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Question: A Sugar What
Answer: A Sugar Glider, "Petarus Breviceps", is a small marsupial native to Australia, Indonesia, and surrounding areas. They are becoming increasingly popular as pets.
Question: Are they rodents? I was told they're as easy to own as a hamster?
Answer: No, sugar gliders are Marsupials. They require a much stricter care regimen including a balanced diet, a large cage, daily interaction and a glider friendly vet. Please NEVER allow a vet to "float"/trim your glider's teeth!
Question: Are they good pets?
Answer: They can be, but it requires a large amount of love and devotion. They're not your average small pet that can be left alone for a weekend while you go on vacation, they're illegal in some cities and states, they require a specialized vet (most often in the middle of the night when they're awake). Unlike their rodent counterparts (hamsters, gerbils, etc.), they are expensive if managed properly. Having them become a good pet depends in large part on the thought and planning you put in before acquiring a glider, as well as the time and love spent once you choose your glider.
Question: How long do they live?
Answer: They live an average of 12 to 15 years in captivity.
Question: Do I need a vet?
Answer: Absolutely Yes! You will need not only a glider knowledgeable vet for normal hours, but a good emergency vet also as many times the need for a vet arises during the night while your gliders are up and active.
Question: What do they eat?
Answer: Gliders require a specialized diet with a delicate balance of protein, calcium, fruits, veggies and other important nutrients. There are many commonly accepted diets including (but not limited to): BML, Priscilla's Diet, The HPW Diet and Darcy's Diet (aka the Ensure diet).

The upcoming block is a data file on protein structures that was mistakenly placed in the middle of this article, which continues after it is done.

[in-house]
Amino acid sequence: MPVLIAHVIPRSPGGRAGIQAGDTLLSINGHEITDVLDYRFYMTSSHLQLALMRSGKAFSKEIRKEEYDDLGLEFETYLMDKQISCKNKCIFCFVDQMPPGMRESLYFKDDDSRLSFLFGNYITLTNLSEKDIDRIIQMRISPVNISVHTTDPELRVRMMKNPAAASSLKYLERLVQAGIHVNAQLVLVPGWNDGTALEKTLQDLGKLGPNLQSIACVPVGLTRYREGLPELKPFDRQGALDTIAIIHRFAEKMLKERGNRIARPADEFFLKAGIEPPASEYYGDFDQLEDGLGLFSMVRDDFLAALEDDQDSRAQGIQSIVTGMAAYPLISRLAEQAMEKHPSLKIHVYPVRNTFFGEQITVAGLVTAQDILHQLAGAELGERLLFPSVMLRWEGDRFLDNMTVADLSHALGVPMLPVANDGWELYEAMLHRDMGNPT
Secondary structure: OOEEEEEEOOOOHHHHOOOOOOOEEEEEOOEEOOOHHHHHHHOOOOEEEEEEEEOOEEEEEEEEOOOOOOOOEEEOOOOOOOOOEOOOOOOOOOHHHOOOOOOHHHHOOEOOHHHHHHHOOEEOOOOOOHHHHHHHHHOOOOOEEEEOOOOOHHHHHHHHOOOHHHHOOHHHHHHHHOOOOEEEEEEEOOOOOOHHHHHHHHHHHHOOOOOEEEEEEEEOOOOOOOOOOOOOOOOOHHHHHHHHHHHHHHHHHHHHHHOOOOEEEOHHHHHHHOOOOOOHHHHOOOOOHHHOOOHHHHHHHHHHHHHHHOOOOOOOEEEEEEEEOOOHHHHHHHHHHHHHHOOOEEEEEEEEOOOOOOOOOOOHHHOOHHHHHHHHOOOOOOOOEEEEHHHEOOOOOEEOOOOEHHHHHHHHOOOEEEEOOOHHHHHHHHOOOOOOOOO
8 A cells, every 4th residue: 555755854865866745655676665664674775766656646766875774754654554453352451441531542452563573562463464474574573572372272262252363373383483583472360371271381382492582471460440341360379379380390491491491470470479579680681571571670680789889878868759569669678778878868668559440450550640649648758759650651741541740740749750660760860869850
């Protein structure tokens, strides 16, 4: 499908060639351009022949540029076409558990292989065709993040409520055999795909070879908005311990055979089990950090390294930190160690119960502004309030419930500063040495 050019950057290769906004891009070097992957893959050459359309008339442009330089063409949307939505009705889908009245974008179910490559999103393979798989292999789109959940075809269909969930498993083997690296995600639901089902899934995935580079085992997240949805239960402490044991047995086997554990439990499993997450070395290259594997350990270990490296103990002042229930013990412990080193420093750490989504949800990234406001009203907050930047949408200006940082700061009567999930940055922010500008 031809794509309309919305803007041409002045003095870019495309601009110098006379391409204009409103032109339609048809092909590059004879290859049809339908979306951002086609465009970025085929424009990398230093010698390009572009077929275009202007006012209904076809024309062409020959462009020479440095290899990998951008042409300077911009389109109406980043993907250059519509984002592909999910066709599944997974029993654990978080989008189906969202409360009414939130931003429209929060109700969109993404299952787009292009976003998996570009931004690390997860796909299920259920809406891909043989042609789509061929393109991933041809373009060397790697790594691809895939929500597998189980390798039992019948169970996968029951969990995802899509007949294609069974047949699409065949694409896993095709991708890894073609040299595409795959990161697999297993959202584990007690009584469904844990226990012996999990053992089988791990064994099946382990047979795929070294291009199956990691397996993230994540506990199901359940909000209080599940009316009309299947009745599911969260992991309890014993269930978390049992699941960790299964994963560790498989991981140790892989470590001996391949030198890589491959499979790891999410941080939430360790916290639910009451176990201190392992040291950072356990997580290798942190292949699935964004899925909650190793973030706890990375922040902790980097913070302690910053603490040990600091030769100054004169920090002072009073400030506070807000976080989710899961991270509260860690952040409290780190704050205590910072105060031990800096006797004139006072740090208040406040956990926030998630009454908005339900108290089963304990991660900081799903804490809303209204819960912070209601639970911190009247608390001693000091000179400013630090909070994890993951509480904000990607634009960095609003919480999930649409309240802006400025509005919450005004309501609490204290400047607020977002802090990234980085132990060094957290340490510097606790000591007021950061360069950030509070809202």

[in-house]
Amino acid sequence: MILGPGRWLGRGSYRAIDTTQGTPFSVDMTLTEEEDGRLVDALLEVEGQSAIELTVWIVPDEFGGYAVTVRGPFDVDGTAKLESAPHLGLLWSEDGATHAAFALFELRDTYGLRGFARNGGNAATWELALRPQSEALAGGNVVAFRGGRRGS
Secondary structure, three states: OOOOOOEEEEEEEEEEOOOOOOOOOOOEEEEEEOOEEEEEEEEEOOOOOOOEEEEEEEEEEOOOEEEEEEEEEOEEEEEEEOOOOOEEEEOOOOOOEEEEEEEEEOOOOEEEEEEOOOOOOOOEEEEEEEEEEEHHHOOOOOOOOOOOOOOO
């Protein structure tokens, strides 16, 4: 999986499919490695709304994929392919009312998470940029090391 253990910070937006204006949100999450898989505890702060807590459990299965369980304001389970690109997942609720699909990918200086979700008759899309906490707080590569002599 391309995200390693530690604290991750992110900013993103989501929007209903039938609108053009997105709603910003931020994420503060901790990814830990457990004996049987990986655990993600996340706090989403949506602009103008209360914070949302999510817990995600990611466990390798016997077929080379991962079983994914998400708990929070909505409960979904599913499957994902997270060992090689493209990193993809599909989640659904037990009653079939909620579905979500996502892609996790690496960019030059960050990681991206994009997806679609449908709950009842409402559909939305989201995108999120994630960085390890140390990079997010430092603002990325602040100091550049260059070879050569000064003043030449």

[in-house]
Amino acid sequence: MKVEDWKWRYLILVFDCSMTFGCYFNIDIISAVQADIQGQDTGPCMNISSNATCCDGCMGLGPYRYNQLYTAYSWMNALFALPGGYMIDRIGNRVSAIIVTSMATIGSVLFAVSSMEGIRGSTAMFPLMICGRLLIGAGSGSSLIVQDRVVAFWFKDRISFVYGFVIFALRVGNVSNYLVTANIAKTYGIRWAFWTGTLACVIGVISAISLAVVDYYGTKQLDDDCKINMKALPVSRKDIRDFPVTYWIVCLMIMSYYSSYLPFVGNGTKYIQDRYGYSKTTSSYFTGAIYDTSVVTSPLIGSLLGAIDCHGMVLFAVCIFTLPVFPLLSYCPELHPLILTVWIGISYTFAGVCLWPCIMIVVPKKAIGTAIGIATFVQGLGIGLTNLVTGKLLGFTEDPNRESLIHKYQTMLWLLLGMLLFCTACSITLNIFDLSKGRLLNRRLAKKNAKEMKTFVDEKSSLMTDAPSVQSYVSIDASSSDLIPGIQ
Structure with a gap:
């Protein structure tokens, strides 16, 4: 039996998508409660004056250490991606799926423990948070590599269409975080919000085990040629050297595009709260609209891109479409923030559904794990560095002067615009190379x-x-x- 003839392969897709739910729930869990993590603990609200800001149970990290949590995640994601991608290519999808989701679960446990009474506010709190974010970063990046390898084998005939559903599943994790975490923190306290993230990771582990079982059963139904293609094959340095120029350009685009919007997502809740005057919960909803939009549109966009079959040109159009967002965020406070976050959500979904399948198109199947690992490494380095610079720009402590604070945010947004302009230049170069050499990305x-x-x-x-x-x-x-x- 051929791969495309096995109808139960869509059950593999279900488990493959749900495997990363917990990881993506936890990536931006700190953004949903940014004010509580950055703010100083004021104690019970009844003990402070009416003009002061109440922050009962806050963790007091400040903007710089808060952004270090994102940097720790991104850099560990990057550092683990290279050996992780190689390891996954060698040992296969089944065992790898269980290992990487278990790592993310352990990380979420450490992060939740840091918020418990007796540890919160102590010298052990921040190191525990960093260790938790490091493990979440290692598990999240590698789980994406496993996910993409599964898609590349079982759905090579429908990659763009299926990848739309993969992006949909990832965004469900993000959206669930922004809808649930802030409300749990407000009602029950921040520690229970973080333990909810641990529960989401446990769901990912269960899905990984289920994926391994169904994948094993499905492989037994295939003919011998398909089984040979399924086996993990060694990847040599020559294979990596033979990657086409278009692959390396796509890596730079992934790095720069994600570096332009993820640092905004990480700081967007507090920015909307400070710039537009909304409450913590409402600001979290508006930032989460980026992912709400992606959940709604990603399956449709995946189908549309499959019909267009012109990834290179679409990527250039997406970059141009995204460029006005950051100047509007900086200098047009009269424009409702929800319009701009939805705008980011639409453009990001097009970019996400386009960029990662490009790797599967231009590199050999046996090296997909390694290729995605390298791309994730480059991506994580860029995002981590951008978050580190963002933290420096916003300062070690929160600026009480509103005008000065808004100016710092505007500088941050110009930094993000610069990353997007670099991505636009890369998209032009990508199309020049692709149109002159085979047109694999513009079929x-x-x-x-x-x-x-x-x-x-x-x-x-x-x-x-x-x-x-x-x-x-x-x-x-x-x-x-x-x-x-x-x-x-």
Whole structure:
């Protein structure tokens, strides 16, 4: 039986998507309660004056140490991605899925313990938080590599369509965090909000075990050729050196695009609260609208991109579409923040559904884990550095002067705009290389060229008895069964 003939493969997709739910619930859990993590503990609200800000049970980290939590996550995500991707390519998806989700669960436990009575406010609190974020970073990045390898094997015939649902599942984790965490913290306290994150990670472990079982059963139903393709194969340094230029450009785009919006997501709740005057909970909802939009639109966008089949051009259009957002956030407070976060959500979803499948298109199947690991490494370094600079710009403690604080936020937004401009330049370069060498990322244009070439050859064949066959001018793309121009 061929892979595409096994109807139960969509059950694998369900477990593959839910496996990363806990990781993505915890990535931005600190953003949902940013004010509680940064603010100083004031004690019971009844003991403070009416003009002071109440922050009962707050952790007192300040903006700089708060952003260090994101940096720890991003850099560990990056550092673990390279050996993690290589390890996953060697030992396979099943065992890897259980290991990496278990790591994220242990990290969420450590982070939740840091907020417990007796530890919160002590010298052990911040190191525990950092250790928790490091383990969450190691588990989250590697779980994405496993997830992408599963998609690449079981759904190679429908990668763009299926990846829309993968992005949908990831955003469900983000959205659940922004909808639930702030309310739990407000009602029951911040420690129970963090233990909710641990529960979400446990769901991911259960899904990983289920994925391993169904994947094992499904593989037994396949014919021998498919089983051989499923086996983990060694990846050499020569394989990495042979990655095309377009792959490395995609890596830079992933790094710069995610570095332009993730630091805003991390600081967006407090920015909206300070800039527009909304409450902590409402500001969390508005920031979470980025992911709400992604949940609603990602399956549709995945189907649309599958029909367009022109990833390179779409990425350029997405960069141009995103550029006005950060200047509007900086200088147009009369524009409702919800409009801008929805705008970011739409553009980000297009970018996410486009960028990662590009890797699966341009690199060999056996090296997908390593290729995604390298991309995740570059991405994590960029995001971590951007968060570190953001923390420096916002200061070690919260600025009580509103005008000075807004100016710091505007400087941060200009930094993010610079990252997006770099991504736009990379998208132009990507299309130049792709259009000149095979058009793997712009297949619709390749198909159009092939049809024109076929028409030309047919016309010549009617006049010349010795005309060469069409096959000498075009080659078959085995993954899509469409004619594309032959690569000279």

Question: Can I have them any place I live?
Answer: That depends on where you live. They are illegal in several states as well as in some cities and counties in otherwise legal states. Please visit this page for a more in depth look at if they're legal where you live. If you have any doubts about the legality, please contact local officials for information on any restrictions on owning exotic pets in your area.
Question: What is the proper way to house them?
Answer: They need what may seem like a humongous cage in comparison to their small size. The minimum cage dimensions for a pair of gliders is 2 feet wide, 2 feet deep and 3 feet high. Bigger is always better as is more height. Cages should be powder or pvc coated, never galvanized (galvanized wire can lead to health issues such as UTI's). Bar spacing should be no larger than 1/2" wide as otherwise they can squeeze through the bars. I prefer reptariums (so long as you don't have a chewer), and my gliders are happily housed in repts. Reptariums have now been replaced by Glide-Ariums which are amazing as well!
Question: What kind of toys can they have?
Answer: There are many vendors who make toys specifically for gliders. You can also use baby toys and bird toys. You want to avoid jingle bells that they may have any contact with as they can get a toe caught in the slot causing serious injury. You also want to avoid cat toys and any other toys that may have had contact with catnip as catnip is toxic to gliders!
Question: Do they need a heat rock?
Answer: Gliders do not require a heat rocks. In most cases no source of external heat is required (other than your regular home heat source). A sick or debilitated glider may need a heating pad, but they should be used with extreme care and caution to avoid burns. In ALL cases you should avoid heat rocks! They have been known to cause serious burns and in some cases death. I personally prefer a SnuggleSafe heating pad as they're made specifically for animals, there are no cords, and they don't get hot enough to burn if the directions are properly followed. They also have fleece covers and stay warm for up to 12 hours.
Question: Can I use a flash when I take photos of my gliders?
Answer: Yes, you can use a flash. If possible, diffuse the flash (assuming you have a standard on-camera flash) by covering it [partially] with a piece of paper or white fleece, this will help avoid washed-out shots.
Question: What do I do if my glider is acting sick?
Question: Can I play with them during the day?